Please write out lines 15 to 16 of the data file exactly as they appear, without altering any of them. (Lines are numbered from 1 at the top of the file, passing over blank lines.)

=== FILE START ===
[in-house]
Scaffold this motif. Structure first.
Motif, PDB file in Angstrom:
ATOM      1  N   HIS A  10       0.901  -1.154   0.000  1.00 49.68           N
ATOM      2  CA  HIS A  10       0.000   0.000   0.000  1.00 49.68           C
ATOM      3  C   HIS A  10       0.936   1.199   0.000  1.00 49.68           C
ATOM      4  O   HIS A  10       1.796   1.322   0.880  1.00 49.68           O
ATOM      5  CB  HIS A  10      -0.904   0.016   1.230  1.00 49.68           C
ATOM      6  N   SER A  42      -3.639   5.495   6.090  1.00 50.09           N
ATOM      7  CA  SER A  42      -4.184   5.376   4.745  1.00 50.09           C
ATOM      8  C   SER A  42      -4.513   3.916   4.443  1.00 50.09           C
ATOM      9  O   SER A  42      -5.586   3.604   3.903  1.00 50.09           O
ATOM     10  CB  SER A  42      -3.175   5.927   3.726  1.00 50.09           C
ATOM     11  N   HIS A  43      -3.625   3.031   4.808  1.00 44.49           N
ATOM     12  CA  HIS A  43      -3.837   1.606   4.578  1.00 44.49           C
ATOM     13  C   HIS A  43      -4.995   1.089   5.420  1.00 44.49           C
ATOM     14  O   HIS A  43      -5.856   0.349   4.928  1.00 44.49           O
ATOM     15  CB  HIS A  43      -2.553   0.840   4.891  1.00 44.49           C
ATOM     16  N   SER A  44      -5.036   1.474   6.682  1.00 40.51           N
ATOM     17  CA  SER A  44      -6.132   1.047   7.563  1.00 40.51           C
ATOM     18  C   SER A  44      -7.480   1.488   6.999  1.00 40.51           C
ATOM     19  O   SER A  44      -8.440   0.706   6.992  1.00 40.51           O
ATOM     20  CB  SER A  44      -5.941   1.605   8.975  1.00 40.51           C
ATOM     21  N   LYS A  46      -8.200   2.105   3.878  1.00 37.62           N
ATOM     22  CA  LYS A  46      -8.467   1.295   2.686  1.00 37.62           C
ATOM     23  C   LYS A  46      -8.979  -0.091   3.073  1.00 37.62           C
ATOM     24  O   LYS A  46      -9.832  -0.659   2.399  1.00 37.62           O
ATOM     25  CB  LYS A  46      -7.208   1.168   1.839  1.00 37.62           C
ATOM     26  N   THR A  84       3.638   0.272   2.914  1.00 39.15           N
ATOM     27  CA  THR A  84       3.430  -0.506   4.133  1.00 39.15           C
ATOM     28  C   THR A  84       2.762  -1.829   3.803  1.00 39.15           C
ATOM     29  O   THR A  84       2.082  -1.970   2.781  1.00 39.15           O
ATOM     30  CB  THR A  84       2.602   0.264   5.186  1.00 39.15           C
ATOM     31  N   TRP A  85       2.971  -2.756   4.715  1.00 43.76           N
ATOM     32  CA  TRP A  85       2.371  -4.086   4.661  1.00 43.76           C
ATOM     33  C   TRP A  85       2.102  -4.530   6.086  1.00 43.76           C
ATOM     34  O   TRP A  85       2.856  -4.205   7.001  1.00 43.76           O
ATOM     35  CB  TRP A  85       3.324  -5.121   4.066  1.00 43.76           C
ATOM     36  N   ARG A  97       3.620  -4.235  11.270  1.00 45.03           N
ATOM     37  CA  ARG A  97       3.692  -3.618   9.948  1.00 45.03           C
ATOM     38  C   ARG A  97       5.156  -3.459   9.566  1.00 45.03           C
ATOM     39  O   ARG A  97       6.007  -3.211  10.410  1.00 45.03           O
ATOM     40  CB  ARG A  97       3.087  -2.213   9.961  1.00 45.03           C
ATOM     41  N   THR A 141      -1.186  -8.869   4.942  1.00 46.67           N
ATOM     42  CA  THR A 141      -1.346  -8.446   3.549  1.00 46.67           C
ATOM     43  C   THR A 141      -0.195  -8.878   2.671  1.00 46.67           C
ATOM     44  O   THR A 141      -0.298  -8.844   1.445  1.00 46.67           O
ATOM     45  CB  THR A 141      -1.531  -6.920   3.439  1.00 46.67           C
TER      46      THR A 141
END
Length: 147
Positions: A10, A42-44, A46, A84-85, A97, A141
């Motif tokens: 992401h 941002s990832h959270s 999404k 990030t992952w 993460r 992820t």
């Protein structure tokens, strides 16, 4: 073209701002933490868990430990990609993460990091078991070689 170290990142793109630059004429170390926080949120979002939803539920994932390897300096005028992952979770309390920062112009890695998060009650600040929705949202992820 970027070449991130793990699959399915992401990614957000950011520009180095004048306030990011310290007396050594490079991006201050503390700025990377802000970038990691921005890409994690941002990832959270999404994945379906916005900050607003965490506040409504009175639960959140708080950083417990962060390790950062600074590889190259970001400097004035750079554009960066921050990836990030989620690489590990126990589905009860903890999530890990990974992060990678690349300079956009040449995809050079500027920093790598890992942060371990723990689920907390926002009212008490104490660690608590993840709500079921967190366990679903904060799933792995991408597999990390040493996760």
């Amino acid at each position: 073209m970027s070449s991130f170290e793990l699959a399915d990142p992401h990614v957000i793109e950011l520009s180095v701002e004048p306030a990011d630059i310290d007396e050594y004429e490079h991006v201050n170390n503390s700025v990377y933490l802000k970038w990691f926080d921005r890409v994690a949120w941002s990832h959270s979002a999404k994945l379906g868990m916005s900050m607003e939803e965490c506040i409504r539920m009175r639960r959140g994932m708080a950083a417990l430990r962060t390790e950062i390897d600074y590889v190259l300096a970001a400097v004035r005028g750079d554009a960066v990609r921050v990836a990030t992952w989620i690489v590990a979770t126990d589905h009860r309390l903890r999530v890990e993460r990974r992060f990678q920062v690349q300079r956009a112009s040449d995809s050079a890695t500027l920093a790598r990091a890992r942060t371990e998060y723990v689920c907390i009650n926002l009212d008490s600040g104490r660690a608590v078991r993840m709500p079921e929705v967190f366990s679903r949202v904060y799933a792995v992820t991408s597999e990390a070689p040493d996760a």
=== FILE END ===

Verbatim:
ATOM     12  CA  HIS A  43      -3.837   1.606   4.578  1.00 44.49           C
ATOM     13  C   HIS A  43      -4.995   1.089   5.420  1.00 44.49           C